Aubrick scowled and slapped his right arm, leaving a gooey paste where some bloodsucking insect had been a moment before – but that didn’t remove the sting where it had already dug into his flesh. His skin was tough and hard from years of fighting – his squire had once joked that he could turn aside blades through thickskinnedness alone – but the blasted insects seemed to penetrate it with ease.

And their cause was looking more hopeless with every day.

He glanced behind him, where Rowen was tending to the still-unconscious form of their so-called savior. The heat and clime of the jungle had been unpleasant for them all, but on his frail form it seemed to be taking the greatest toll. Rowen poured a share of pure cool water down his throat, but he didn’t stir. If he didn’t wake soon, it wouldn’t matter if they failed to find a way back home – they wouldn’t have anything to bring back with them.

Tailos, meanwhile, was looking scarcely better. Three ruins they had been through, and the mage’s eyes had grown more clouded with every one. Rough stubble clung to his cheeks, and his youth was apparent for the first time in the decade Aubrick had known him. This world, he had explained, was nearly devoid of magic. Every spell he had to cast had to come from within – and that well was growing smaller every day.

And the slumbering gods they had gone in search of either slumbered too deeply – or had never been there in the first place. Tailos swore his divinations had indicated this jungle was where they would find a way home. That this was were ancient deities of a now-fallen civilization had fled to, and sunk into slumber in these lands that man rarely walked.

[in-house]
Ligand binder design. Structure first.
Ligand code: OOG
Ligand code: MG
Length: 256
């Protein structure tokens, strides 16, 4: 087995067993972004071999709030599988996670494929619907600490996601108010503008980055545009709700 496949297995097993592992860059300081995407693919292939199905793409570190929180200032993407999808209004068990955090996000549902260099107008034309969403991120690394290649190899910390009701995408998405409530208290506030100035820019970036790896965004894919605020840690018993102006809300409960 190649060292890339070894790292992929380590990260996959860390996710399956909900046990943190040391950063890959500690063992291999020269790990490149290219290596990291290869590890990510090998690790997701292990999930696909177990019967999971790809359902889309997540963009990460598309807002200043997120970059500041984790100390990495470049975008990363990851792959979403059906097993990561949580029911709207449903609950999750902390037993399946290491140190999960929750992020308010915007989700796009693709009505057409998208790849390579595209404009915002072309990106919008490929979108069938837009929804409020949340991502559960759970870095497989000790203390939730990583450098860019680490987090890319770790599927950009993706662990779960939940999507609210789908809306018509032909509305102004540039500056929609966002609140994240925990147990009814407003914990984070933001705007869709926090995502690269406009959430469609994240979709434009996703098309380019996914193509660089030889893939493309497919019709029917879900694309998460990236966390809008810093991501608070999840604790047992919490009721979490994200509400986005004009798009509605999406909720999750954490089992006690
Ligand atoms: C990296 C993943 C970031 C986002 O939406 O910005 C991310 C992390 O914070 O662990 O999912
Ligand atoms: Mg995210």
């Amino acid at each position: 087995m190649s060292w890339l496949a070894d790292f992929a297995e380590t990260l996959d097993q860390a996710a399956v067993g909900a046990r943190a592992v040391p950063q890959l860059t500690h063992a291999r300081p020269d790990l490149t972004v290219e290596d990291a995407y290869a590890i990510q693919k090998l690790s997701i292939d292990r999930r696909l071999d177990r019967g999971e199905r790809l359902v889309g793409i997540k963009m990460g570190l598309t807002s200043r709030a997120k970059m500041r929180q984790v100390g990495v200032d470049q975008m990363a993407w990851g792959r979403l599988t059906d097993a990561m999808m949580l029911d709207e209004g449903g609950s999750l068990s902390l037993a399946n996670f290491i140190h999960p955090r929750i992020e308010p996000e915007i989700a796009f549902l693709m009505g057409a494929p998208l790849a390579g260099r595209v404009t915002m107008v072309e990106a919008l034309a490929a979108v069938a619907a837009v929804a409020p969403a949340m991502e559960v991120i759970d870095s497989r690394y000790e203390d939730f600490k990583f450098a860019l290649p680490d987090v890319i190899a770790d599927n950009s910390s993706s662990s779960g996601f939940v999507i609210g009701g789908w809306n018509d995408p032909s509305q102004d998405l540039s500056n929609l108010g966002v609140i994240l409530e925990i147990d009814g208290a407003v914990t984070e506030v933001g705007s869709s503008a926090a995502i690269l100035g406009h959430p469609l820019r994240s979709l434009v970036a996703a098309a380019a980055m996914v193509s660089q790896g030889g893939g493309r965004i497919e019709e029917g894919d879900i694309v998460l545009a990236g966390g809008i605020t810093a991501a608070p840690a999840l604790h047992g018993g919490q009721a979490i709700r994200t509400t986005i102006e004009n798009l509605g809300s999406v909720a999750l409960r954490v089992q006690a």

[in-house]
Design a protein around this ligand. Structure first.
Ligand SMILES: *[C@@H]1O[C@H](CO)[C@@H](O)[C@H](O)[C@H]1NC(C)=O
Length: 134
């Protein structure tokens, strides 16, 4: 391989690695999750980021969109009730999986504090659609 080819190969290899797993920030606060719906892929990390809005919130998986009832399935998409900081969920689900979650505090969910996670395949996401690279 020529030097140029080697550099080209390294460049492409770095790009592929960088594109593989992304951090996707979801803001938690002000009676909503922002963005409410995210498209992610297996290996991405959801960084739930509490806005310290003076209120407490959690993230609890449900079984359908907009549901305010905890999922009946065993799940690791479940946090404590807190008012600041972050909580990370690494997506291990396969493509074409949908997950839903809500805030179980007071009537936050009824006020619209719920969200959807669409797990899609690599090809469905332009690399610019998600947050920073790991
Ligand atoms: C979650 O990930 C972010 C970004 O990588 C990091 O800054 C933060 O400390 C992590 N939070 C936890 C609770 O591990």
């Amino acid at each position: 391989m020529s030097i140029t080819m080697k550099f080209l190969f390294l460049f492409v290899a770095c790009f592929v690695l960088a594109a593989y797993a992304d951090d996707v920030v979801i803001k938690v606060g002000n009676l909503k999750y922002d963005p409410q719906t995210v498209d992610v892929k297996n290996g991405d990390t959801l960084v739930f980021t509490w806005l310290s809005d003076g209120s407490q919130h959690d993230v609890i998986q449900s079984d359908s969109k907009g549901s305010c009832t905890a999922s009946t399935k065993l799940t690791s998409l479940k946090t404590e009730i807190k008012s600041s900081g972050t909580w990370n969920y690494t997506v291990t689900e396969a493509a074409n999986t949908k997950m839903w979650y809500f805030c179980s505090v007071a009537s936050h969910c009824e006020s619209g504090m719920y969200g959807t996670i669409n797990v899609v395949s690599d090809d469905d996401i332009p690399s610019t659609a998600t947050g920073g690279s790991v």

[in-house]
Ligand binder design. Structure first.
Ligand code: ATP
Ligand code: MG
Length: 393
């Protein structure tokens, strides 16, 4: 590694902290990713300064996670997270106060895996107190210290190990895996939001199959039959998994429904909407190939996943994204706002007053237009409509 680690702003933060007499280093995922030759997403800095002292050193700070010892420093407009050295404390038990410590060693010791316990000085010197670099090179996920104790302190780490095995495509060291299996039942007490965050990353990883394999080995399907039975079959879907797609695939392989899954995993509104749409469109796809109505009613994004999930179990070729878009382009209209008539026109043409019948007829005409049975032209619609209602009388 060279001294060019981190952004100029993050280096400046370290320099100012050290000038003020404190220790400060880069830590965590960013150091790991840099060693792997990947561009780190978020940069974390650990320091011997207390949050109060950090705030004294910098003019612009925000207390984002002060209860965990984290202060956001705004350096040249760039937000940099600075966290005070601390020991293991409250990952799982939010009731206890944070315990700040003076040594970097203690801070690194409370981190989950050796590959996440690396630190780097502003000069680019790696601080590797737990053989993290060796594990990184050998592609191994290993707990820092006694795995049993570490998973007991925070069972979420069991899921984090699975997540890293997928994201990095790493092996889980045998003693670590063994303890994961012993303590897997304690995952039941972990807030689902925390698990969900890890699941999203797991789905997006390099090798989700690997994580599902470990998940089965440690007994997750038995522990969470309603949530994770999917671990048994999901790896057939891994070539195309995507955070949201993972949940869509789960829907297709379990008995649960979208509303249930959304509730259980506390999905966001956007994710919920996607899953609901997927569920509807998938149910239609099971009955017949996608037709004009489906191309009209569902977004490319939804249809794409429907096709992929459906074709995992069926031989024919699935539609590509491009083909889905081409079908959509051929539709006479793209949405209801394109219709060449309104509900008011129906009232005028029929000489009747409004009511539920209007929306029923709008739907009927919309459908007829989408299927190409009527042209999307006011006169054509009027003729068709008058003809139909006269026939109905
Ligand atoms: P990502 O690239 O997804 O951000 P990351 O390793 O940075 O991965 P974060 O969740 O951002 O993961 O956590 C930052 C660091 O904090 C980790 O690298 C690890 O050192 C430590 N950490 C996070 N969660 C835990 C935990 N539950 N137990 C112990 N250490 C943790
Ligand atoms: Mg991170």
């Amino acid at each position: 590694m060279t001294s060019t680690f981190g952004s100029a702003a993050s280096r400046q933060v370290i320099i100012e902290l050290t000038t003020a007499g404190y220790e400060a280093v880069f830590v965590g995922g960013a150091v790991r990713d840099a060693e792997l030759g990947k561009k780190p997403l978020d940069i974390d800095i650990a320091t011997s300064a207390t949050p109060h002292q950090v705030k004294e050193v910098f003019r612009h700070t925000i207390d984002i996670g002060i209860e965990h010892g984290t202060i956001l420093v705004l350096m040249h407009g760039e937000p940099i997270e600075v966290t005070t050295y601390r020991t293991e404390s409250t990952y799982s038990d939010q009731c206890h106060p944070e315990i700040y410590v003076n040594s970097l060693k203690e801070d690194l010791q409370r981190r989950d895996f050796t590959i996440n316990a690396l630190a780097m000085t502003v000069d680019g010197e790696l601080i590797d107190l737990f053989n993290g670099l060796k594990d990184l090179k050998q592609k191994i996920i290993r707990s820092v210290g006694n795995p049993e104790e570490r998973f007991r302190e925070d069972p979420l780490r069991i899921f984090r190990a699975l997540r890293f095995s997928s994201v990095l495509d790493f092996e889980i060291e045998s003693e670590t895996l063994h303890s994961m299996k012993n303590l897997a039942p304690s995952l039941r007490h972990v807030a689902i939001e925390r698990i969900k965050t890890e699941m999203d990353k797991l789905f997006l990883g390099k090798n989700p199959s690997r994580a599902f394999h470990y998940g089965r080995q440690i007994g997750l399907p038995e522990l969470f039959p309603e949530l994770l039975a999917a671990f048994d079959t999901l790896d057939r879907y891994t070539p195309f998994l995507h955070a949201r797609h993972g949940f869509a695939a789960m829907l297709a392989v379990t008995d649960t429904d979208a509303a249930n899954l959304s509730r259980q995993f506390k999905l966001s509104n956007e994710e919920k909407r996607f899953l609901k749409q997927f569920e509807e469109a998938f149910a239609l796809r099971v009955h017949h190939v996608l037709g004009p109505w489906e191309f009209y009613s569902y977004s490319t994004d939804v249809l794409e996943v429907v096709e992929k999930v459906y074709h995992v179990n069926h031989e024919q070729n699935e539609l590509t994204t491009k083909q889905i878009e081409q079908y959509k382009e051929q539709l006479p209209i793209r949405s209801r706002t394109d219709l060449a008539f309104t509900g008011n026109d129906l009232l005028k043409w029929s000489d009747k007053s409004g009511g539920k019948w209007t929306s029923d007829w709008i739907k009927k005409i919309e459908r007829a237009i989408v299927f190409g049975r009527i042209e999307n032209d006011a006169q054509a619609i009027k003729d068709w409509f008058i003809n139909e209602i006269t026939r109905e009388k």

But three ruins they had found, and for all of Tailos’s summonings, the gods had refused to wake.

“Alright,” came the Spellweaver’s ragged voice, “We move on. There should be… another shrine, not far ahead. We may have more luck there.”

Aubrick shook his head, but he walked over to the still form of Stanley Miller and began preparing the sling in which he carried him. Rowen looked on the body, frowning, and he heard her retort, “Praying for luck is a fools bargain. We must make our own fate, and you seem to be failing at that – no matter how hard you plead, these gods won’t answer!”

Stanley Miller opened his eyes, and his gaze focused on Rowen.

“He’s not the one that they’ll listen to… priestess.”

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